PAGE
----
THE greatest men’s doubles team in tennis history learned how to win on the world stage in Winnipeg.
Wayne Bryan, father and coach of Mike and Bob Bryan, said their gold-medal performance at the Pan Am Games in 1999 was a key “ingredient” in their careers, which has seen them win 15 Grand Slam events, 99 career titles and an Olympic gold medal.
“The Pan Am Games gave them a feel of what was to come in the Olympics and the Davis Cup. That was the first time they got to wear the colours of the USA as pros. They’ve always loved playing for their country,” the family patriarch said.
Bryan was flown in by the organizers of the Manshield Tennis Futures and CIBC Wood Gundy Challenger tournaments to put on some doubles clinics for local players and speak at a couple of sponsors’ events.
He was impressed with the organizers of the fifth-biggest professional tournament in Canada.
“There are a lot of extras out there, the flags, the flowers, the food and quite a few social activities. Most of the tournaments don’t do all of that,” he said.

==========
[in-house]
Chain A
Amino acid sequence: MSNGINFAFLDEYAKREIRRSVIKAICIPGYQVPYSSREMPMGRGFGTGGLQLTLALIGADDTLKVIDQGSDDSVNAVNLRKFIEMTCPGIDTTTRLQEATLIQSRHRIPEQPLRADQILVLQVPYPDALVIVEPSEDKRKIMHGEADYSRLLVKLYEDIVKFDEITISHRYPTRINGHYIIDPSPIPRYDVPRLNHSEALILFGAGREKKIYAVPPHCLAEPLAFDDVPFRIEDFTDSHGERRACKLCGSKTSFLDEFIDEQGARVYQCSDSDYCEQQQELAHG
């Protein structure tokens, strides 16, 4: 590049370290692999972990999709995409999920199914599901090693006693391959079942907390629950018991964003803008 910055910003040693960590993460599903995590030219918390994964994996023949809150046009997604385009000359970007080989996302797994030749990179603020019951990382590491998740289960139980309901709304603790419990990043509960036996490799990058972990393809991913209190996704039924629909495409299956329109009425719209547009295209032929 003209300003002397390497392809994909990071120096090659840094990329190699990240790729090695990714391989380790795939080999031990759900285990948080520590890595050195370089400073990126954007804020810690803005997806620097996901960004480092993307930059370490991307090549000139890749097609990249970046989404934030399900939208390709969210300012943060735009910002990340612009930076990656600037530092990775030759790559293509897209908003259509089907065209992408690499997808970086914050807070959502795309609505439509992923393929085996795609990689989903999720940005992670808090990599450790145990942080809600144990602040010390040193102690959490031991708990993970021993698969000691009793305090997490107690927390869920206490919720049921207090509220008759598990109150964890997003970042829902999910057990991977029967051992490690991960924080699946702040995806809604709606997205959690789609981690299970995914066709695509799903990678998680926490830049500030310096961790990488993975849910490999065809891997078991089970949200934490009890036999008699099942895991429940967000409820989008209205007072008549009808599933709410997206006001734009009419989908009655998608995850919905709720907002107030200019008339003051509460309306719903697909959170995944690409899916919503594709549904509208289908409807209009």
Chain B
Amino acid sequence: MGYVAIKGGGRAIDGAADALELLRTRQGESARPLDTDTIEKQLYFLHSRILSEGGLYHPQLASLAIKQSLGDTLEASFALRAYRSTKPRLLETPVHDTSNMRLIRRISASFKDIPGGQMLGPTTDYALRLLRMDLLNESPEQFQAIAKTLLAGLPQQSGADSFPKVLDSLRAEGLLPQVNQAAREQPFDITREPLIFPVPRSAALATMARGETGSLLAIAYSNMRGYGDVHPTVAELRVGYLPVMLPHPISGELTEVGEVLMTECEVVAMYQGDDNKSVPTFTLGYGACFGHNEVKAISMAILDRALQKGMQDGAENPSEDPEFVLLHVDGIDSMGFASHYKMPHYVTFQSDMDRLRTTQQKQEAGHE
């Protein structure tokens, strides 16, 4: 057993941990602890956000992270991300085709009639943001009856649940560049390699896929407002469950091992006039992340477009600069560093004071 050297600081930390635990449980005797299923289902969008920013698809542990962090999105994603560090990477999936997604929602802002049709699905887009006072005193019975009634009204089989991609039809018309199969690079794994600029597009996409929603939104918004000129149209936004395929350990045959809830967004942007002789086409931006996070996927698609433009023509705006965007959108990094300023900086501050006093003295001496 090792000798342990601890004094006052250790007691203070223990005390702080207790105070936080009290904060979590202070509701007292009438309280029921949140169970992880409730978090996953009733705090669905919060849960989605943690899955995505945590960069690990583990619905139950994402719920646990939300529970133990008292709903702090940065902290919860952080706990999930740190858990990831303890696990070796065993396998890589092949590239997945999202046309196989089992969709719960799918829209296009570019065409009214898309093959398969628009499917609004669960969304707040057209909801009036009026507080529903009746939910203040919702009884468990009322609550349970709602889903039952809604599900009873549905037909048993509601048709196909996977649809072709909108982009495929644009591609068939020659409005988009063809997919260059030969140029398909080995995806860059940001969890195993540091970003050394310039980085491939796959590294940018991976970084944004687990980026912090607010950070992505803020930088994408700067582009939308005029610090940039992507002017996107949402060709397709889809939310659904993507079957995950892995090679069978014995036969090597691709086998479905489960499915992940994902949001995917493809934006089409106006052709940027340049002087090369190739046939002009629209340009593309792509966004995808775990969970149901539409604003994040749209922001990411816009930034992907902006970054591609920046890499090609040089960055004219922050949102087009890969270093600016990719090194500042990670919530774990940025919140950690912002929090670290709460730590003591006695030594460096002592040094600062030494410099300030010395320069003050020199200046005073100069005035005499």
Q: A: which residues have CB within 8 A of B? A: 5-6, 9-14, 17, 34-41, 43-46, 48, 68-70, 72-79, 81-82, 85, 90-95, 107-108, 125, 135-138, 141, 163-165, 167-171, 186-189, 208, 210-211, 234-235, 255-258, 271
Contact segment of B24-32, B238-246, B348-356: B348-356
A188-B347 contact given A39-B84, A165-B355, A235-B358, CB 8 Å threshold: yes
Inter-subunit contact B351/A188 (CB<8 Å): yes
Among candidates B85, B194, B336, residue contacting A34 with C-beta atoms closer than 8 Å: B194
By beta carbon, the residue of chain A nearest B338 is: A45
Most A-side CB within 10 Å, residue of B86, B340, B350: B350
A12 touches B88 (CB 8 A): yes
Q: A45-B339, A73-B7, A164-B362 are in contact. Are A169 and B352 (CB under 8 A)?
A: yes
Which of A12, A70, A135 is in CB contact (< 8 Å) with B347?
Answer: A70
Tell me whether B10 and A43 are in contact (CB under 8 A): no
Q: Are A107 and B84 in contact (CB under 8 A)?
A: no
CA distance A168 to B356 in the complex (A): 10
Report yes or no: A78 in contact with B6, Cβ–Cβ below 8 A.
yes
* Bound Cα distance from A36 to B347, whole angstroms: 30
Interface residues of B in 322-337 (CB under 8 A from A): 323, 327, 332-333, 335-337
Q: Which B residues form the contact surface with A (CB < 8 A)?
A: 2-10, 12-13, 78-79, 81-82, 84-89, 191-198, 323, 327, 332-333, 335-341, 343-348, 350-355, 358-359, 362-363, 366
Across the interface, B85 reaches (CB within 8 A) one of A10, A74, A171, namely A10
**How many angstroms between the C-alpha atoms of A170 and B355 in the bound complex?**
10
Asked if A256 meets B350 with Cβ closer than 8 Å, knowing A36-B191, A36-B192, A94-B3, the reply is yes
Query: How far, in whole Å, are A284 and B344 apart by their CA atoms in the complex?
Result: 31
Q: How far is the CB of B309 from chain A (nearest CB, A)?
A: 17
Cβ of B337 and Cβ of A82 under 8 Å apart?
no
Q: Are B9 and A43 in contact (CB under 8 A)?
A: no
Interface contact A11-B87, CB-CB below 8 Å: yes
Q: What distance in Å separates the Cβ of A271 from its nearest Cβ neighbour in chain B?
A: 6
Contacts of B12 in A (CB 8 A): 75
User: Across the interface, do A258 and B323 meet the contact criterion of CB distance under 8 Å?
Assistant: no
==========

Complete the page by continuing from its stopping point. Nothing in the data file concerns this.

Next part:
Even when he’s not with his sons, he’s in contact with them every day either on the phone or via email or text. He’ll pass on the odd tip when he watches them on television but he makes sure not to go overboard on the advice.
“It’s little tiny reminders, not too much. The best coaches don’t blabber too much but when they talk it’s gold bullion. The players tune you out if you talk too much,” he said.
Bryan said the best thing that aspiring tennis players can do when a tournament of this calibre is in town is to go to the site and watch both matches and practices.
“Champions take it in through their eyes not the ears,” he said.
The men’s and women’s events continue at Winnipeg Lawn Tennis Club through Sunday. Admission is free.
Republished from the Winnipeg Free Press print edition August 22, 2014 C4